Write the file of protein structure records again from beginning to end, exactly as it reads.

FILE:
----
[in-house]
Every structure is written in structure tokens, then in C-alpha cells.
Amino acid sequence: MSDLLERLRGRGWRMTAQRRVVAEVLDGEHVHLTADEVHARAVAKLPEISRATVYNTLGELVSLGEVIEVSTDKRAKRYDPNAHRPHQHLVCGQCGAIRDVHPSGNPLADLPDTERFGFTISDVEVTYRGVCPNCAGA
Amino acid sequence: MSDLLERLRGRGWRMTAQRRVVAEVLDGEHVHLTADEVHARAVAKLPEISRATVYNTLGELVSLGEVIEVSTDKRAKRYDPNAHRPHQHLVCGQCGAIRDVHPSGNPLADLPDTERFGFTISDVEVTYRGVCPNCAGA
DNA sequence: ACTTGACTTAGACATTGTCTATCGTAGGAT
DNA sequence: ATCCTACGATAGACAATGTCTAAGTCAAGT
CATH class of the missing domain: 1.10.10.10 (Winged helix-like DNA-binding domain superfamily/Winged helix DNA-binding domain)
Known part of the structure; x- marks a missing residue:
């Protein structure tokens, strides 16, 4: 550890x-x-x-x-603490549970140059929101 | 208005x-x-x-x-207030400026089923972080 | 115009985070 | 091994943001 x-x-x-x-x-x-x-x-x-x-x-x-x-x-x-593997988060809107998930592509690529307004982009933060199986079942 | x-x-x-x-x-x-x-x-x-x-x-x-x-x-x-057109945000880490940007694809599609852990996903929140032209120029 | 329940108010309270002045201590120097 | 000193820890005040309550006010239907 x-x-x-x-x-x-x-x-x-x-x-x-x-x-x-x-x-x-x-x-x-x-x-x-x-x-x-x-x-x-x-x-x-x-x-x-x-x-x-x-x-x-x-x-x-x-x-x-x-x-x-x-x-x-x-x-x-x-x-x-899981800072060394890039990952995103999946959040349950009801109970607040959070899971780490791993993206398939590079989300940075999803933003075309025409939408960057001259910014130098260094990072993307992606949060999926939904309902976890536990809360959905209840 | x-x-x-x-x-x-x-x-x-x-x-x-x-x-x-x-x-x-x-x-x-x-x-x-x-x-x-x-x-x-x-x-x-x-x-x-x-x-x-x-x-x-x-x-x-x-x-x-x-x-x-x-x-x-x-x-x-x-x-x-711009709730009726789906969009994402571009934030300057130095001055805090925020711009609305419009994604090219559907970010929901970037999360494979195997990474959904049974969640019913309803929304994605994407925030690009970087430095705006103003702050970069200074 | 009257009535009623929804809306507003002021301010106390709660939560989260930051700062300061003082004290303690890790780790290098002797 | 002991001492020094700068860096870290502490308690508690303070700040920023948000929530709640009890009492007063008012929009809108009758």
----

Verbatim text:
[in-house]
Every structure is written in structure tokens, then in C-alpha cells.
Amino acid sequence: MSDLLERLRGRGWRMTAQRRVVAEVLDGEHVHLTADEVHARAVAKLPEISRATVYNTLGELVSLGEVIEVSTDKRAKRYDPNAHRPHQHLVCGQCGAIRDVHPSGNPLADLPDTERFGFTISDVEVTYRGVCPNCAGA
Amino acid sequence: MSDLLERLRGRGWRMTAQRRVVAEVLDGEHVHLTADEVHARAVAKLPEISRATVYNTLGELVSLGEVIEVSTDKRAKRYDPNAHRPHQHLVCGQCGAIRDVHPSGNPLADLPDTERFGFTISDVEVTYRGVCPNCAGA
DNA sequence: ACTTGACTTAGACATTGTCTATCGTAGGAT
DNA sequence: ATCCTACGATAGACAATGTCTAAGTCAAGT
CATH class of the missing domain: 1.10.10.10 (Winged helix-like DNA-binding domain superfamily/Winged helix DNA-binding domain)
Known part of the structure; x- marks a missing residue:
């Protein structure tokens, strides 16, 4: 550890x-x-x-x-603490549970140059929101 | 208005x-x-x-x-207030400026089923972080 | 115009985070 | 091994943001 x-x-x-x-x-x-x-x-x-x-x-x-x-x-x-593997988060809107998930592509690529307004982009933060199986079942 | x-x-x-x-x-x-x-x-x-x-x-x-x-x-x-057109945000880490940007694809599609852990996903929140032209120029 | 329940108010309270002045201590120097 | 000193820890005040309550006010239907 x-x-x-x-x-x-x-x-x-x-x-x-x-x-x-x-x-x-x-x-x-x-x-x-x-x-x-x-x-x-x-x-x-x-x-x-x-x-x-x-x-x-x-x-x-x-x-x-x-x-x-x-x-x-x-x-x-x-x-x-899981800072060394890039990952995103999946959040349950009801109970607040959070899971780490791993993206398939590079989300940075999803933003075309025409939408960057001259910014130098260094990072993307992606949060999926939904309902976890536990809360959905209840 | x-x-x-x-x-x-x-x-x-x-x-x-x-x-x-x-x-x-x-x-x-x-x-x-x-x-x-x-x-x-x-x-x-x-x-x-x-x-x-x-x-x-x-x-x-x-x-x-x-x-x-x-x-x-x-x-x-x-x-x-711009709730009726789906969009994402571009934030300057130095001055805090925020711009609305419009994604090219559907970010929901970037999360494979195997990474959904049974969640019913309803929304994605994407925030690009970087430095705006103003702050970069200074 | 009257009535009623929804809306507003002021301010106390709660939560989260930051700062300061003082004290303690890790780790290098002797 | 002991001492020094700068860096870290502490308690508690303070700040920023948000929530709640009890009492007063008012929009809108009758």